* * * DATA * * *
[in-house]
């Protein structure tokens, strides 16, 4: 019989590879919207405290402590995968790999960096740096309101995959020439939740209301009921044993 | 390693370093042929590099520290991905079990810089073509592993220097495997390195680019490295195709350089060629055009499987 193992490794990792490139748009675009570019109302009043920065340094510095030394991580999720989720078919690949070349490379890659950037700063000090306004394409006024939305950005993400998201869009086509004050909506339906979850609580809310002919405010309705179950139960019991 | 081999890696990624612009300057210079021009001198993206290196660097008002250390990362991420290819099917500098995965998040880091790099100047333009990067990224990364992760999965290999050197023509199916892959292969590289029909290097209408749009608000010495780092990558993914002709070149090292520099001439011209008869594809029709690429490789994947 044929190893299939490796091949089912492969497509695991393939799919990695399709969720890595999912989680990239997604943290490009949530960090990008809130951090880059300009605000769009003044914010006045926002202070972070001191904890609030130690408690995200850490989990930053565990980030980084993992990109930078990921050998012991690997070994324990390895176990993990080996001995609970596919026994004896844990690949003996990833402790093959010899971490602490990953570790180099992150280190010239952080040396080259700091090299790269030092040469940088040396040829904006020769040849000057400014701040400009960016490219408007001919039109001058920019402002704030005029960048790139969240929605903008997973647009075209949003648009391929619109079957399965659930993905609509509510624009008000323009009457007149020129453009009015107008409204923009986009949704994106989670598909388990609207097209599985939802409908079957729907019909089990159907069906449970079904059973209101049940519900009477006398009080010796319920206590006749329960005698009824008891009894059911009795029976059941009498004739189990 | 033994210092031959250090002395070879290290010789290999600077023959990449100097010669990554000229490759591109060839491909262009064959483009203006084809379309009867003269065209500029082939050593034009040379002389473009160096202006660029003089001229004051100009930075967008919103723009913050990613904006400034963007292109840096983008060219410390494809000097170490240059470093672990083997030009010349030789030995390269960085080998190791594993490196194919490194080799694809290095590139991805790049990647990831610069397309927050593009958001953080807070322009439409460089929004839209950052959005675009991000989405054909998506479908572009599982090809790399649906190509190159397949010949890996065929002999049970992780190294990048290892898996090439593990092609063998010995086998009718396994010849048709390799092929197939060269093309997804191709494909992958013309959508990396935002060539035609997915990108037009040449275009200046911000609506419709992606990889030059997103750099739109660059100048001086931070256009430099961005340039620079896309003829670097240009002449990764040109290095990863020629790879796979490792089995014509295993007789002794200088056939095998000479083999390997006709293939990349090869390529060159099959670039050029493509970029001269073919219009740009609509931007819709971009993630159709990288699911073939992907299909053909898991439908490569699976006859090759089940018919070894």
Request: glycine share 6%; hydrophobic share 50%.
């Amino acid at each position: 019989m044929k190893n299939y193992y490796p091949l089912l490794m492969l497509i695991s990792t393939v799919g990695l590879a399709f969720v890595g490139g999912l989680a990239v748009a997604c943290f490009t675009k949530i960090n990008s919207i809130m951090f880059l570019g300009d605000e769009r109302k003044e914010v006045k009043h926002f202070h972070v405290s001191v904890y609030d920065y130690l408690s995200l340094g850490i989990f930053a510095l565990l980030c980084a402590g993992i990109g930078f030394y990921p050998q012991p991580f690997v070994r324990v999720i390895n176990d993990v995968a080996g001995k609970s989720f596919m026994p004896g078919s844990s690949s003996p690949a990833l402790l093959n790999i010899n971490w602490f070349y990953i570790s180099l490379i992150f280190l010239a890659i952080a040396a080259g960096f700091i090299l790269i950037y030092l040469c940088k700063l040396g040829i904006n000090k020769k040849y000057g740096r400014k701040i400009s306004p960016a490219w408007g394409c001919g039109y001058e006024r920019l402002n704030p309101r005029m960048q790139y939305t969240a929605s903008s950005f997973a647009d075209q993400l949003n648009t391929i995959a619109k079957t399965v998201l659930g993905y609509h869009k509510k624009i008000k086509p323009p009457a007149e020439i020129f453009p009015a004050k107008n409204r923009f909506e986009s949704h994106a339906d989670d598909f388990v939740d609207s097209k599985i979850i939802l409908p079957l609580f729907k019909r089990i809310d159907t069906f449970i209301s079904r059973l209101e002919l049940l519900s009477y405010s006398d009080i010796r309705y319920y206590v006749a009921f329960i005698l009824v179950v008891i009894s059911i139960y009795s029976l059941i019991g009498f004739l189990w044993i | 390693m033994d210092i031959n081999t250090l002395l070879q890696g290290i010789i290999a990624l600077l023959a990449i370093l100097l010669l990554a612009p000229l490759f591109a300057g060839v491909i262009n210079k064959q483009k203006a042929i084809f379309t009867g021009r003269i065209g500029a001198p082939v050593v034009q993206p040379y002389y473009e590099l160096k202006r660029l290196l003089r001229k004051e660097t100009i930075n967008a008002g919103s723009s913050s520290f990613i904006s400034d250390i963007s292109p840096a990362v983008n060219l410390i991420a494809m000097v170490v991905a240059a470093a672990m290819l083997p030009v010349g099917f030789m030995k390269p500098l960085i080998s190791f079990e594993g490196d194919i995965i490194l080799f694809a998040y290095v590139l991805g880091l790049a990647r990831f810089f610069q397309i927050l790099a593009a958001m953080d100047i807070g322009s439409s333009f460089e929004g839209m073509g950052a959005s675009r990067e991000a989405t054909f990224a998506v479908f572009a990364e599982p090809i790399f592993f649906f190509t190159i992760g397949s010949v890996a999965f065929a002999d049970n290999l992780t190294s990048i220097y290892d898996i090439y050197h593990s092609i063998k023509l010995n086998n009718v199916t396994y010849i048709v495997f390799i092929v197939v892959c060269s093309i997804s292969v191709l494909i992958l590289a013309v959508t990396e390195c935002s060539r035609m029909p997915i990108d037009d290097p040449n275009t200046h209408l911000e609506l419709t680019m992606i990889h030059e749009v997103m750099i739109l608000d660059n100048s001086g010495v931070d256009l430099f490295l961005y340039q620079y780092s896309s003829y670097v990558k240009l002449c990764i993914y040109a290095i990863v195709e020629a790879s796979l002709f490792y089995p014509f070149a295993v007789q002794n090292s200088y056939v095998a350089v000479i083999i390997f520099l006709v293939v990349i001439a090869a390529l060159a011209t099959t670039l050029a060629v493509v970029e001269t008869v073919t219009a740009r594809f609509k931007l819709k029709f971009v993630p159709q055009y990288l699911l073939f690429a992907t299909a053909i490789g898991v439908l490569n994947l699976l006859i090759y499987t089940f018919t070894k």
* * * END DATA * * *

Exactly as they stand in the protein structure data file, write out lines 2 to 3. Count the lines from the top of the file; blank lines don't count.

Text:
């Protein structure tokens, strides 16, 4: 019989590879919207405290402590995968790999960096740096309101995959020439939740209301009921044993 | 390693370093042929590099520290991905079990810089073509592993220097495997390195680019490295195709350089060629055009499987 193992490794990792490139748009675009570019109302009043920065340094510095030394991580999720989720078919690949070349490379890659950037700063000090306004394409006024939305950005993400998201869009086509004050909506339906979850609580809310002919405010309705179950139960019991 | 081999890696990624612009300057210079021009001198993206290196660097008002250390990362991420290819099917500098995965998040880091790099100047333009990067990224990364992760999965290999050197023509199916892959292969590289029909290097209408749009608000010495780092990558993914002709070149090292520099001439011209008869594809029709690429490789994947 044929190893299939490796091949089912492969497509695991393939799919990695399709969720890595999912989680990239997604943290490009949530960090990008809130951090880059300009605000769009003044914010006045926002202070972070001191904890609030130690408690995200850490989990930053565990980030980084993992990109930078990921050998012991690997070994324990390895176990993990080996001995609970596919026994004896844990690949003996990833402790093959010899971490602490990953570790180099992150280190010239952080040396080259700091090299790269030092040469940088040396040829904006020769040849000057400014701040400009960016490219408007001919039109001058920019402002704030005029960048790139969240929605903008997973647009075209949003648009391929619109079957399965659930993905609509509510624009008000323009009457007149020129453009009015107008409204923009986009949704994106989670598909388990609207097209599985939802409908079957729907019909089990159907069906449970079904059973209101049940519900009477006398009080010796319920206590006749329960005698009824008891009894059911009795029976059941009498004739189990 | 033994210092031959250090002395070879290290010789290999600077023959990449100097010669990554000229490759591109060839491909262009064959483009203006084809379309009867003269065209500029082939050593034009040379002389473009160096202006660029003089001229004051100009930075967008919103723009913050990613904006400034963007292109840096983008060219410390494809000097170490240059470093672990083997030009010349030789030995390269960085080998190791594993490196194919490194080799694809290095590139991805790049990647990831610069397309927050593009958001953080807070322009439409460089929004839209950052959005675009991000989405054909998506479908572009599982090809790399649906190509190159397949010949890996065929002999049970992780190294990048290892898996090439593990092609063998010995086998009718396994010849048709390799092929197939060269093309997804191709494909992958013309959508990396935002060539035609997915990108037009040449275009200046911000609506419709992606990889030059997103750099739109660059100048001086931070256009430099961005340039620079896309003829670097240009002449990764040109290095990863020629790879796979490792089995014509295993007789002794200088056939095998000479083999390997006709293939990349090869390529060159099959670039050029493509970029001269073919219009740009609509931007819709971009993630159709990288699911073939992907299909053909898991439908490569699976006859090759089940018919070894």
Request: glycine share 6%; hydrophobic share 50%.